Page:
bringing snail mail back

Houston entrepreneur has big plans for his art-driven, storytelling card company

Tellinga creates artistic and personal cards for every occasion. Courtesy of Tellinga

Alex Kurkowski can't count how many times he's gone looking for a greeting card — before some holiday, birthday, or special occasion — and found nothing that suited his recipient. He doesn't remember when he started editing them, either. For a few years now, he's been taking markers and pens to the greeting cards, blacking out words and scribbling new ones to say what he wanted to.

"They're templated. They're frozen, stagnant, fixed in what they are," Kurkowski says. "They suck."

But he can remember a few moments that changed that for him — and for Houston. When he started sending his family cards he'd sketched that depicted scenes from their lives, his classmates in the Rice University MBA program told him that, despite his pharmaceuticals background, this might actually be the right business for him.

Tellinga is hardly just a maker of greeting cards; it's in the business of storytelling, and customers can have personalized artworks delivered right to their mailboxes — a site for reclaiming, Kurkowski says, from the dread of bills and marketing materials.

"I'm trying to tap back into the tangible, physical and real side of life," Kurkowski says.

A year ago, Kurkowski sent his first Tellingas — short for "Telling a Story" — as an official business. He made the initial cards himself, but soon couldn't meet the demand on his own. Today, Tellingas are crafted from a cohort of more than 20 artists who are mostly Houston-based and, as Kurkowski says, make his work look like garbage.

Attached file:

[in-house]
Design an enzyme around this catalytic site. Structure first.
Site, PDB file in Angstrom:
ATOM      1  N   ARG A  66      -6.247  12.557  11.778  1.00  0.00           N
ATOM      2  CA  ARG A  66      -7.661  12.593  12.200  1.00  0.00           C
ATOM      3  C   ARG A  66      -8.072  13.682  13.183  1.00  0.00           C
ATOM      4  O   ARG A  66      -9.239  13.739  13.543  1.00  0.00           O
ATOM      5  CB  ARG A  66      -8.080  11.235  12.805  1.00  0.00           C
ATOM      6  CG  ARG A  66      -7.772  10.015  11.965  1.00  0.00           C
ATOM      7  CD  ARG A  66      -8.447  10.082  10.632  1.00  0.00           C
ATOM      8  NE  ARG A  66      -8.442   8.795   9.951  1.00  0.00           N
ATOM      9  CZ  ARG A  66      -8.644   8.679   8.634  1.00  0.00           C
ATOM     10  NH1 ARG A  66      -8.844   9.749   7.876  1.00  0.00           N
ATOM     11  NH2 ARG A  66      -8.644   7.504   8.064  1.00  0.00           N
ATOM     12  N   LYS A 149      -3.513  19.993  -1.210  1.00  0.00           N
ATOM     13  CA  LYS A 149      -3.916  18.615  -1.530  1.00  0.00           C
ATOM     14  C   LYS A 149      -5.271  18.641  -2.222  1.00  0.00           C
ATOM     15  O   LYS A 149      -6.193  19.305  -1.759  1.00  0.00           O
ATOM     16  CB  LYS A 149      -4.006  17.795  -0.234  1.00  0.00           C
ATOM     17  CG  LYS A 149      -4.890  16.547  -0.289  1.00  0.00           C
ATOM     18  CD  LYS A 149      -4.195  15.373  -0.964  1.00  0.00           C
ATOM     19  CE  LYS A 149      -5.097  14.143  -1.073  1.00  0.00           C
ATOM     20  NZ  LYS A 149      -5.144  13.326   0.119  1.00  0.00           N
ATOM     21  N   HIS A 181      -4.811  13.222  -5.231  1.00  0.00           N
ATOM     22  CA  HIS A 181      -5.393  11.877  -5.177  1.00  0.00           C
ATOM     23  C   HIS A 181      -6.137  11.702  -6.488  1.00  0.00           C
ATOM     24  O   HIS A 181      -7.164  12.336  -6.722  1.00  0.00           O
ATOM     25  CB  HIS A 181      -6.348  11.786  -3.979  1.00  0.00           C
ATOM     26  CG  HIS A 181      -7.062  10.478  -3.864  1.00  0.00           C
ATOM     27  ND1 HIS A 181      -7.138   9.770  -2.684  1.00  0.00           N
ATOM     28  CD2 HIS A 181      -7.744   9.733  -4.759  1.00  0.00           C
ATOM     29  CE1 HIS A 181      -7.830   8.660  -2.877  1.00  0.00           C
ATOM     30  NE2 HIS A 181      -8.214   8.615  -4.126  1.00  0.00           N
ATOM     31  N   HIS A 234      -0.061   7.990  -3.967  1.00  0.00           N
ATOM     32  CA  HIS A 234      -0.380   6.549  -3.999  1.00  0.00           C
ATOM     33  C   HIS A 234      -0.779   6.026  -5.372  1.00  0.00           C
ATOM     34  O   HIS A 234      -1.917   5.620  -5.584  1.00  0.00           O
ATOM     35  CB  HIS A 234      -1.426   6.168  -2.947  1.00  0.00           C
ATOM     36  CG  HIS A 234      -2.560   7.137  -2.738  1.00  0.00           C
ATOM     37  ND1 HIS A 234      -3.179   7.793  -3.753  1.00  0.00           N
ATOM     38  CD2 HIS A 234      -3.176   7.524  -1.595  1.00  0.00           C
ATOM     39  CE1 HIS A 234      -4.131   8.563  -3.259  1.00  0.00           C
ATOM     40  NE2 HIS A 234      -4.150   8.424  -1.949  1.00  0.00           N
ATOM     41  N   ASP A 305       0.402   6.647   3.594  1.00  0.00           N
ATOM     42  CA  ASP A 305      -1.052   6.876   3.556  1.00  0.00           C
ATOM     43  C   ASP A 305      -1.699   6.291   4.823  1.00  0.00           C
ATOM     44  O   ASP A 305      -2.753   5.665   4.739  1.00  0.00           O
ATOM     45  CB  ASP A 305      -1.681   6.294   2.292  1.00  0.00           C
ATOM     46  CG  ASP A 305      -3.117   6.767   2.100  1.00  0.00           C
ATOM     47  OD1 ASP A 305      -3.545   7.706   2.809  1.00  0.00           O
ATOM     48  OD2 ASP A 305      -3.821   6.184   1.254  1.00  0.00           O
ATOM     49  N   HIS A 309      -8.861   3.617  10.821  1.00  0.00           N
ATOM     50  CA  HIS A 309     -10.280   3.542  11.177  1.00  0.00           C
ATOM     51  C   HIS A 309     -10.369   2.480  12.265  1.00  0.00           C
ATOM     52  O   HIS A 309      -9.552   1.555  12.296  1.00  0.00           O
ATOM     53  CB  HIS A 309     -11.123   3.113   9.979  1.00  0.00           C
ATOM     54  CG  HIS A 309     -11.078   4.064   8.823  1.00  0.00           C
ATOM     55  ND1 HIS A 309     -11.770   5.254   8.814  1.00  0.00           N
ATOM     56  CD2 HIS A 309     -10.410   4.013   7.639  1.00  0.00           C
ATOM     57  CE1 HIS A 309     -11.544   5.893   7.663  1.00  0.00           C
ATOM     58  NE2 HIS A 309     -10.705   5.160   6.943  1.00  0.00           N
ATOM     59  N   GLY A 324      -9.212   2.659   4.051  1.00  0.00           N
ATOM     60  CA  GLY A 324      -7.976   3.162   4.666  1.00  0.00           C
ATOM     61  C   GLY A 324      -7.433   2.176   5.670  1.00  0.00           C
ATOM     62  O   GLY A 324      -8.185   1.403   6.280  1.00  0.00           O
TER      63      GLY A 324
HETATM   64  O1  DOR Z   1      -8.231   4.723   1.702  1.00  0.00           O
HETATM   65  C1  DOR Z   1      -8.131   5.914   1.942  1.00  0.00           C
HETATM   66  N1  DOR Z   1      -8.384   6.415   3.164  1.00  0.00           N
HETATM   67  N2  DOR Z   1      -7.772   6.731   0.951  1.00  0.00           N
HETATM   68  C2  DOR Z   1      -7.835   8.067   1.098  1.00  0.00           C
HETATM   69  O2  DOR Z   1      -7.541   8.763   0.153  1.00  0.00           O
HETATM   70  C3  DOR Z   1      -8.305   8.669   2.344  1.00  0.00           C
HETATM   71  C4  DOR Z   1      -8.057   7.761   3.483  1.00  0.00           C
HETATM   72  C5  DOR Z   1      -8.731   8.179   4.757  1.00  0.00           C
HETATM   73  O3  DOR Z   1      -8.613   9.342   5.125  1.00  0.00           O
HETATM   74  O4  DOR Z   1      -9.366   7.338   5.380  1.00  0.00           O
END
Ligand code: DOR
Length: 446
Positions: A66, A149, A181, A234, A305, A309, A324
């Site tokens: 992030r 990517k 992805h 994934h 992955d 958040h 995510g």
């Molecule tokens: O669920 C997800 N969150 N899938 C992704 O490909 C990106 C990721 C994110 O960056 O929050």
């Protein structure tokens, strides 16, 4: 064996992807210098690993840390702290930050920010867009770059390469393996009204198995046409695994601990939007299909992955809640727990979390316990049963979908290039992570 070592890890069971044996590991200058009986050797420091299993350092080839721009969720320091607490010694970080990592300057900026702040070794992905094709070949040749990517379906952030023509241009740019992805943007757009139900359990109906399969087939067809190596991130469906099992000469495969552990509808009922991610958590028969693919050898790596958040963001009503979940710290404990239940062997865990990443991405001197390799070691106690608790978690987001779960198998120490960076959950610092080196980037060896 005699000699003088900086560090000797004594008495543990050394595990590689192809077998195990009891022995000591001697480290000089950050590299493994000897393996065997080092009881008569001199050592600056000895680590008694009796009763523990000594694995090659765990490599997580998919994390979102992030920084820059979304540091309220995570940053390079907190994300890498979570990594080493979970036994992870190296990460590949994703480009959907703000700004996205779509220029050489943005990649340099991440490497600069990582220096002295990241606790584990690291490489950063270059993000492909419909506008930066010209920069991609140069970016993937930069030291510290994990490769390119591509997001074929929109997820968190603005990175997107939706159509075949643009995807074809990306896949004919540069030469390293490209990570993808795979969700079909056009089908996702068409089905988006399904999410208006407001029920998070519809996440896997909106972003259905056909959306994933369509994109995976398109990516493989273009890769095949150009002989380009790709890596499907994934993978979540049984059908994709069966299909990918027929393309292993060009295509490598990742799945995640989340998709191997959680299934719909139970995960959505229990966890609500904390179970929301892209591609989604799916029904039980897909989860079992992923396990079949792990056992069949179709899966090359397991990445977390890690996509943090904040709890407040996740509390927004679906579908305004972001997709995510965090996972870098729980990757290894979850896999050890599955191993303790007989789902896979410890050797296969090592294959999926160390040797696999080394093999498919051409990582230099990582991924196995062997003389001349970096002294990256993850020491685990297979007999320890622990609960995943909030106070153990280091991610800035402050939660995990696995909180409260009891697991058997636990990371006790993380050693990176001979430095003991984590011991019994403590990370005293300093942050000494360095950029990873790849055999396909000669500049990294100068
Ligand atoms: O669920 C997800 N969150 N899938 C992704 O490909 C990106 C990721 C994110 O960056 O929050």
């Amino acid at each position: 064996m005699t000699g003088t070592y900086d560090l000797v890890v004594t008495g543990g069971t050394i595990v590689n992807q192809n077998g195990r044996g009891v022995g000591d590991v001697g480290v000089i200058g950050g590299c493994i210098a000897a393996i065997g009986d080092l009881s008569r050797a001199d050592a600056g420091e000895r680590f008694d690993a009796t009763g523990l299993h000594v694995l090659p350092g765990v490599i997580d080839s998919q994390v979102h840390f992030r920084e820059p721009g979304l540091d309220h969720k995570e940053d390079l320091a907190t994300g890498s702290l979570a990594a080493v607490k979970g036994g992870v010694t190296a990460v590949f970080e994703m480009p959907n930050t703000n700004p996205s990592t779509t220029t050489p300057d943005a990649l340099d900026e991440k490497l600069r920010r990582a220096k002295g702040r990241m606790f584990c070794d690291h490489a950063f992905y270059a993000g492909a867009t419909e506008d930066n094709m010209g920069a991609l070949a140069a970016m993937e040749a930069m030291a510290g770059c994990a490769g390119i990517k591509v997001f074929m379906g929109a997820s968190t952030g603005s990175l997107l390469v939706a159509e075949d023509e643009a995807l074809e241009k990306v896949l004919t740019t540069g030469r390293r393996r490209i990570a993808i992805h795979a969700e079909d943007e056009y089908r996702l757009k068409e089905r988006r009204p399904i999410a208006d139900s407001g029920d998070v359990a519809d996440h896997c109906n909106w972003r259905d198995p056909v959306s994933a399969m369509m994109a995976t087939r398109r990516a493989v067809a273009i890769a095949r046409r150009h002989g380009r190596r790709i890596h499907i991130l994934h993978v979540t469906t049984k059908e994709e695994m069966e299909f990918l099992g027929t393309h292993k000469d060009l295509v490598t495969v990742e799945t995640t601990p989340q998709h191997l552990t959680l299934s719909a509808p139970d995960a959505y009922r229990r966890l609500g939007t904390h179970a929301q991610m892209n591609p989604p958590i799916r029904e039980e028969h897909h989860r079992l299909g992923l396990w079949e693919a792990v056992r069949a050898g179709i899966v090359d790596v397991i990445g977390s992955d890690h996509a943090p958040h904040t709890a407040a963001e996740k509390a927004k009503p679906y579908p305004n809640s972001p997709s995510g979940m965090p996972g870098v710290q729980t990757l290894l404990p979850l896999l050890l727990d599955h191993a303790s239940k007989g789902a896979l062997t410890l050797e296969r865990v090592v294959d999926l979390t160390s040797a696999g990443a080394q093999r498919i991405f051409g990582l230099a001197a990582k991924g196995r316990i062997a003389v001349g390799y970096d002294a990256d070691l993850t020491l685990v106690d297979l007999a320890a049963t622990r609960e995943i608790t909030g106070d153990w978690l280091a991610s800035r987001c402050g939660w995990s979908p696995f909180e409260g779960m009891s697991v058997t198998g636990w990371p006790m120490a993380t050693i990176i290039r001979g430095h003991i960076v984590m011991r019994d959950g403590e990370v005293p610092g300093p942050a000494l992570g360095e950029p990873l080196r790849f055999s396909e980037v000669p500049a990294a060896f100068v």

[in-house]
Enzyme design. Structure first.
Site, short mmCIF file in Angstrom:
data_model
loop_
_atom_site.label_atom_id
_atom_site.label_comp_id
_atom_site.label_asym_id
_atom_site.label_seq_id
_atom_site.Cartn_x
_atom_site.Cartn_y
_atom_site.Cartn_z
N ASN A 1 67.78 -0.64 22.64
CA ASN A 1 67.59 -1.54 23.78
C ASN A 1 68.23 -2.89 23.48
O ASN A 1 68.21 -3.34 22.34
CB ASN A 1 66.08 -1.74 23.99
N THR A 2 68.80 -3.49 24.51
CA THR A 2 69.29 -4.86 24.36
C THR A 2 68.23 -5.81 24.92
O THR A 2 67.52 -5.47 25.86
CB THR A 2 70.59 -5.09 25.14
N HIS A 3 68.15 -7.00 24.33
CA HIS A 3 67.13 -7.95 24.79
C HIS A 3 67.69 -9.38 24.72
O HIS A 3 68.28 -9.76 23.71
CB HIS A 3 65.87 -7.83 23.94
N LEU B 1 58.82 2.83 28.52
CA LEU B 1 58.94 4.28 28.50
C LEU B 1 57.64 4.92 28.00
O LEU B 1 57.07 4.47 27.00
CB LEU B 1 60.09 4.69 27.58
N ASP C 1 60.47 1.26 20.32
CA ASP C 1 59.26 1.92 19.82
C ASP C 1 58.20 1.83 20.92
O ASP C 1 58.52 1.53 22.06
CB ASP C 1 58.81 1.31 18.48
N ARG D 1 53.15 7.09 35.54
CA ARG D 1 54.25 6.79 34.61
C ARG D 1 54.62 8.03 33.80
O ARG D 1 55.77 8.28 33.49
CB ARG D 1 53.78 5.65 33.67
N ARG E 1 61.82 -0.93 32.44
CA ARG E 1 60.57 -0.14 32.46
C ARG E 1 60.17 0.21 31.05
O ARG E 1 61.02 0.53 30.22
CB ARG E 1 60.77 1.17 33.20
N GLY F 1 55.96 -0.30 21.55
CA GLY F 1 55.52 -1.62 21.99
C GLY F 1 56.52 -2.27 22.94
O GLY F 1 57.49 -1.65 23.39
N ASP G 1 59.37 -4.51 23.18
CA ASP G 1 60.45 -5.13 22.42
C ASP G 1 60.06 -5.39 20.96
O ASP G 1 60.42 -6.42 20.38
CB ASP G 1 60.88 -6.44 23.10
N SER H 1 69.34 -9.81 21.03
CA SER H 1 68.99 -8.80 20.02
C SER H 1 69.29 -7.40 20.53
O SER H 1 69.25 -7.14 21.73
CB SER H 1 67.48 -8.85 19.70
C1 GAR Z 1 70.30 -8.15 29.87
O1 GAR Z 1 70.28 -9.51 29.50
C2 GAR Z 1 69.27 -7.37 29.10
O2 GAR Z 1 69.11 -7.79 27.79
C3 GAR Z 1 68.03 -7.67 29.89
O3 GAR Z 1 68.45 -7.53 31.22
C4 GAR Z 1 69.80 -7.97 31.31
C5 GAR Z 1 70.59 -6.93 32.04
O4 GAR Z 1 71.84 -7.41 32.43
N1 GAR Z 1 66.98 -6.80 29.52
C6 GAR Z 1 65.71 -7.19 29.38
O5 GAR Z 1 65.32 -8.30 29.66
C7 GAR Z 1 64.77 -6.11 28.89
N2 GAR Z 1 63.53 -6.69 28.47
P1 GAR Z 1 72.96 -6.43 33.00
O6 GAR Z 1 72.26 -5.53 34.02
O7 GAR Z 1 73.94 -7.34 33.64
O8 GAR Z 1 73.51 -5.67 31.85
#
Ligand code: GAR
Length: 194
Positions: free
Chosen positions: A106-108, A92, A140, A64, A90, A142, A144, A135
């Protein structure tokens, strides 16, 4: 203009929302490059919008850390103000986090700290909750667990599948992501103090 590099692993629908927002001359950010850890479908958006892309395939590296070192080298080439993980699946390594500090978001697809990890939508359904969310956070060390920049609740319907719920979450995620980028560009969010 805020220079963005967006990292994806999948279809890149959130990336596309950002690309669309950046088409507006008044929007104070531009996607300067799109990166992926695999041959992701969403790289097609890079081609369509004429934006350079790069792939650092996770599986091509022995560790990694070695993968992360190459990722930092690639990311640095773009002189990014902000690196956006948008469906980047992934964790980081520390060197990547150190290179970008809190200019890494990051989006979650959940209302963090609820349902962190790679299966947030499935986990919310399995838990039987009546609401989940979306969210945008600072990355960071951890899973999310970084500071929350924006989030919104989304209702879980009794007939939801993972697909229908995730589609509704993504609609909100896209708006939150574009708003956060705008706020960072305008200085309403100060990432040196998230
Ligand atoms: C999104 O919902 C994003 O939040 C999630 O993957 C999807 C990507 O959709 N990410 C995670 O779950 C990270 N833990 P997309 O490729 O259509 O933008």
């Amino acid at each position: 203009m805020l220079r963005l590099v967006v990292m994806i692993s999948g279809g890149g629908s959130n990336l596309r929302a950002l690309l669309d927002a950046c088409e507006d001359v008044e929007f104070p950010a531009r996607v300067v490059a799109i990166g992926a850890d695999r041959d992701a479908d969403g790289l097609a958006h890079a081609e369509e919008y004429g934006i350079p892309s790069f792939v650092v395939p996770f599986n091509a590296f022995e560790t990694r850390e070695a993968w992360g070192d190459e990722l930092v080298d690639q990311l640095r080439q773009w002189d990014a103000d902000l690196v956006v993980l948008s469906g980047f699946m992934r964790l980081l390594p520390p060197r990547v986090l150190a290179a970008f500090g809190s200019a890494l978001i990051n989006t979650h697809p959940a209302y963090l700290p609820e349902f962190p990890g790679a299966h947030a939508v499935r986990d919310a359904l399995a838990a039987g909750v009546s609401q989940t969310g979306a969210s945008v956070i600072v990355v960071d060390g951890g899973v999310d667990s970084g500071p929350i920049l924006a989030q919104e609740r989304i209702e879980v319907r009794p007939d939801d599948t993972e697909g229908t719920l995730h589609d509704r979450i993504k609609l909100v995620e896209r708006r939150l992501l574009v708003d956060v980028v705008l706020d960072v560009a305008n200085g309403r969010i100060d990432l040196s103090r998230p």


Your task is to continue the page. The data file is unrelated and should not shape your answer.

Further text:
Customers can select a few purchase options for customers, ranging from a one-panel story to 12 scenes. They upload a photo of the people they want drawn and submit their idea for the artwork on the website — they can create renderings of real-life events they want to remember or they might tell a wacky, fantasy story. For Kurkowski, the most important part is receiving the art over time — for example, the 12-panel pieces are sent over a one-month period.

Currently, Tellinga's only full-time staff is Kurkowski, but he's looking to hire a CTO to manage the growing demands of the website, where orders are placed. He also wants Tellinga to grow into the Airbnb model, with artists posting their works on his site and setting the price of their commissions themselves. Kurkoswki will be raising funds in the next investment round.

Until then, he's hoping to grow Tellinga's ability to turn stories into keepsakes — by offering ways to frame and preserve them, and by introducing a subscription model, so that customers can select days from of an entire calendar year to send their personalized artworks—constantly tapping back into that physical side of life like Kurkowsi wants.

"It's just cool because it's different," Kurkowski says. "It's getting away from the digital media world."

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Building Houston

 
 

From software and IoT to decarbonization and nanotech, here's what 10 energy tech startups you should look out for. Photo via Getty Images